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Triangle Area Proofs


Date: 01/23/2002 at 01:14:56
From: N P JOSHI
Subject: Problems of relations of area of Triangles

Triangle ABC is equilateral, with D at the midpoint of BC. 
Construct BE parallel to AC. Triangle BDE is also equilateral.
Join AE to BC at F.  The area of triangle BDE is equal to 1/4 the area 
of triangle ABC and 1/2 the area of triangle BAE.

Prove that:
	
 (i) area of triangle BFE = 2(area of triangle FED)
(ii) area of triangle FED = 1/8th(area of triangle AFC)

This is a problem for a standard IX students who are yet to be taught 
about analytical geometry or concepts of coordinates. The question 
needs to be solved with the help of parallel lines or otherwise. 


Date: 01/23/2002 at 16:51:37
From: Doctor Jaffee
Subject: Re: Problems of relations of area of Triangles

Hi NP -

Consider triangle ABF and triangle EDF. Can you see that they are 
similar with the ratio of corresponding sides equal to 2:1? If you can 
prove that, then you should be able to prove that the area of triangle 
BFE is twice the area of triangle FED. Once you've accomplished that, 
then the last part should be fairly easy.

But I would take an analytic approach to this problem, rather than a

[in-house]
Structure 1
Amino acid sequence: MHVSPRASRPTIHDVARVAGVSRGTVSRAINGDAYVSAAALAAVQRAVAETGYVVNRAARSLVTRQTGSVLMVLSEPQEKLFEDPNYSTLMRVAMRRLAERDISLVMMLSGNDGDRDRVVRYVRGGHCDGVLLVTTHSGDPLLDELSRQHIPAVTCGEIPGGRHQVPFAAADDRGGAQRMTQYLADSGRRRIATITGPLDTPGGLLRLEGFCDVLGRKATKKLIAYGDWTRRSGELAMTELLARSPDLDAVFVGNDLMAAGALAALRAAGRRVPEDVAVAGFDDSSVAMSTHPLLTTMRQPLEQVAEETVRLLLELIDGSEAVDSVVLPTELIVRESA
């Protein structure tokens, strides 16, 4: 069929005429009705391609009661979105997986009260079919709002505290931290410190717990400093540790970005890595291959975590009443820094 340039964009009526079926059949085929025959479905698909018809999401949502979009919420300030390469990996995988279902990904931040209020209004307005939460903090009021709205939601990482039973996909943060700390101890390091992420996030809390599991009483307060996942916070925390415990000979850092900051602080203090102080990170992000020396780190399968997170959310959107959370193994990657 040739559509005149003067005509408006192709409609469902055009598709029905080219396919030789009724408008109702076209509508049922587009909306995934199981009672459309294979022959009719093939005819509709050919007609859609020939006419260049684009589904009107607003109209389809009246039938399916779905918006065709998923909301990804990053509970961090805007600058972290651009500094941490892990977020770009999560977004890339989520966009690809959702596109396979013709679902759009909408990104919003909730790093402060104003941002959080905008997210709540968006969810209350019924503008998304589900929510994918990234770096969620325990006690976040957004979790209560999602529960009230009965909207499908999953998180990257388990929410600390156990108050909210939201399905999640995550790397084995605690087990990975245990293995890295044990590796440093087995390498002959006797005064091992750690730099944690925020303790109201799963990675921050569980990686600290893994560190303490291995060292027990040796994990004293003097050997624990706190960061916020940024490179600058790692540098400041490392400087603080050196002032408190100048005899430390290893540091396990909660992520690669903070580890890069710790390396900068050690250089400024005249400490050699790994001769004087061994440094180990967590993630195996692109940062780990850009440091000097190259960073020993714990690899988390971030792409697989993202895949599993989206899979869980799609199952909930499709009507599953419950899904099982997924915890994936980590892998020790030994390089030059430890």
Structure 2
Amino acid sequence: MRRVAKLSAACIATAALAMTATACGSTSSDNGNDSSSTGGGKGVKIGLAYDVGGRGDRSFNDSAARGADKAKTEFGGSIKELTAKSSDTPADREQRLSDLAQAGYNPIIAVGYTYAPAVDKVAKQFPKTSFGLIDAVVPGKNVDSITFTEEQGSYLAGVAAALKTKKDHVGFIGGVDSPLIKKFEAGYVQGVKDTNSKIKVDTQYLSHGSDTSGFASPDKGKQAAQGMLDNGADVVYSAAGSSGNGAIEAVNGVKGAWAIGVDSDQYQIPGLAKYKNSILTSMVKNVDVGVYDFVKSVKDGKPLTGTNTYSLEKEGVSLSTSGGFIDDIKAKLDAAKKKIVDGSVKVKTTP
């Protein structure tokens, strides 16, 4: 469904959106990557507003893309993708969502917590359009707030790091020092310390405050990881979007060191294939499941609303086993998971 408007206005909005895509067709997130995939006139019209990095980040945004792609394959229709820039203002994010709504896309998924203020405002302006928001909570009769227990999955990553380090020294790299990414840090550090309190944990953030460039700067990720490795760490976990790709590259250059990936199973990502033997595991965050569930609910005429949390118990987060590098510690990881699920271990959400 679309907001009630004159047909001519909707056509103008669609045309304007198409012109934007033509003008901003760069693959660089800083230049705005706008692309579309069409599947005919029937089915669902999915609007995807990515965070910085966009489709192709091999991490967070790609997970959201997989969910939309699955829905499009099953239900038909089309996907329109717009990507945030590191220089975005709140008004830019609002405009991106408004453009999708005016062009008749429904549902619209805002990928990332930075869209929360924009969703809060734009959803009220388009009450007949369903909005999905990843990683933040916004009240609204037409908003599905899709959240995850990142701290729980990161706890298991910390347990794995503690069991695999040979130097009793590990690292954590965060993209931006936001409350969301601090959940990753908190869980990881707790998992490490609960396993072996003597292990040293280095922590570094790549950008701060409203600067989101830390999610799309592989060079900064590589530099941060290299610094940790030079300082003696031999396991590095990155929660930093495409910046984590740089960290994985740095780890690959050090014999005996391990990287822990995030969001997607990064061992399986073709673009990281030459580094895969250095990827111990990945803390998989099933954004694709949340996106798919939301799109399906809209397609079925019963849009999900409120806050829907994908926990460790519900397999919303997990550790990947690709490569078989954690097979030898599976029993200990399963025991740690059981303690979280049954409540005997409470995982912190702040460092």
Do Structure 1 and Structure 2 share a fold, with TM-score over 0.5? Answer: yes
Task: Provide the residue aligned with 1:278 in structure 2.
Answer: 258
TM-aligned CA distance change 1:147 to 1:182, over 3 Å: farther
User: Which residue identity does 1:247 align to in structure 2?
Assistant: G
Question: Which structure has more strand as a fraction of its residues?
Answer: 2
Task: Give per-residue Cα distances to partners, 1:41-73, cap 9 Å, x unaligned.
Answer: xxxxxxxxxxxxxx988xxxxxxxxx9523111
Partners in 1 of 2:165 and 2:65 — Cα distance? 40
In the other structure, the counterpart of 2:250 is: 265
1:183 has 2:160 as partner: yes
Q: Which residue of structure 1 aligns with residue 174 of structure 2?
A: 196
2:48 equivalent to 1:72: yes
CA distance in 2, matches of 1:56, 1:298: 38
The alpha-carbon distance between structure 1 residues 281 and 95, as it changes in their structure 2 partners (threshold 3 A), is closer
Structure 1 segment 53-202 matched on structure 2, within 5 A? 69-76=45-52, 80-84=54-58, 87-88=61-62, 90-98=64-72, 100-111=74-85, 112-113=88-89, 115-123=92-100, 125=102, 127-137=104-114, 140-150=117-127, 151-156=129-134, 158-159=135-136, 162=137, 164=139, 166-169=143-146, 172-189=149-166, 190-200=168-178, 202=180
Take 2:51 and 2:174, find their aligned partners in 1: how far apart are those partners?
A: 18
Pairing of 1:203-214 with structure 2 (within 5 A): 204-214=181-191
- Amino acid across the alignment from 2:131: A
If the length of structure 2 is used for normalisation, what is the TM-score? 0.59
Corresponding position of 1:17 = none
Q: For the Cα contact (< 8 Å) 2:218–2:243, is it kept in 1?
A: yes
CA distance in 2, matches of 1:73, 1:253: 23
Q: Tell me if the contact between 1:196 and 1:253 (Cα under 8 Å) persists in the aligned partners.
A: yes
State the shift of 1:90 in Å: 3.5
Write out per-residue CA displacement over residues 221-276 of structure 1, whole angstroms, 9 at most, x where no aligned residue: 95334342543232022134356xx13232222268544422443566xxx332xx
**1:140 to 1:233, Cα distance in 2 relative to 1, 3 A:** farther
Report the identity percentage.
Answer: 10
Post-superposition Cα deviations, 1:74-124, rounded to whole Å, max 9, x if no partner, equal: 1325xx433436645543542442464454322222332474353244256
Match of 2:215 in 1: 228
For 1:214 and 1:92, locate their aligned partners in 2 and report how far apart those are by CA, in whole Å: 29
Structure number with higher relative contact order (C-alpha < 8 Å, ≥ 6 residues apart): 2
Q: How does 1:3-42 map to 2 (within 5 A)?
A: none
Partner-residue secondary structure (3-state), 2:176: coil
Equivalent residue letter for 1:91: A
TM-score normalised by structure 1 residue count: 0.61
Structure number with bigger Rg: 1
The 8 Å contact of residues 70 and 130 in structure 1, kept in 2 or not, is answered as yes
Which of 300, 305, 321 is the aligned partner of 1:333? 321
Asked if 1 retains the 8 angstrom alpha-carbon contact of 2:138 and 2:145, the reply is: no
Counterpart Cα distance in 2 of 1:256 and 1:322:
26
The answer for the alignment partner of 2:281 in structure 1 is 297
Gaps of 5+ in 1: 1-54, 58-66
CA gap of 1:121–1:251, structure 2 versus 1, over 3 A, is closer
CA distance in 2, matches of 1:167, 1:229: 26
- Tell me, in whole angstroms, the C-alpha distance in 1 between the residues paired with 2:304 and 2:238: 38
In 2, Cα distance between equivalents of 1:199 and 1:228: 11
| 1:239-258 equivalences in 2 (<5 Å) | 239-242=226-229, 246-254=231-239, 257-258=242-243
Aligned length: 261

synthetic approach. In other words, this problem can be solved using a 
coordinate system rather than using the theorems about parallel lines, 
equilateral triangles, etc.

Suppose you were to draw triangle ABC so that B is at point (0,0), C 
is at (2,0), and A is at (1,sqrt(3)). Then you have an equilateral 
triangle each of whose sides has length 2. If you want to generalize 
the problem, you could let C be at point (c,0). Then A would have the 
coordinates (c/2,c*sqrt(3)/2). But I don't think that is necessary.  
When you construct the equilateral triangle BED, each of its sides 
will have length 1 since BD = 1. Therefore, the coordinates of E are 
(1/2,-sqrt(3)/2).

My suggestion, then, is find the equation of the line that goes  
through A and E. Find the equation of the line that goes through B 
and D. Then find the intersection of those two lines, point F. Once 
you have that information, the rest is easy.

Give it a try and if you want to check your solution, write back. If 
you are having difficulties, let me know what you have done so far and 
I'll help you out.

Good luck.

- Doctor Jaffee, The Math Forum
  http://mathforum.org/dr.math/   
    
Associated Topics:
High School Geometry
High School Triangles and Other Polygons

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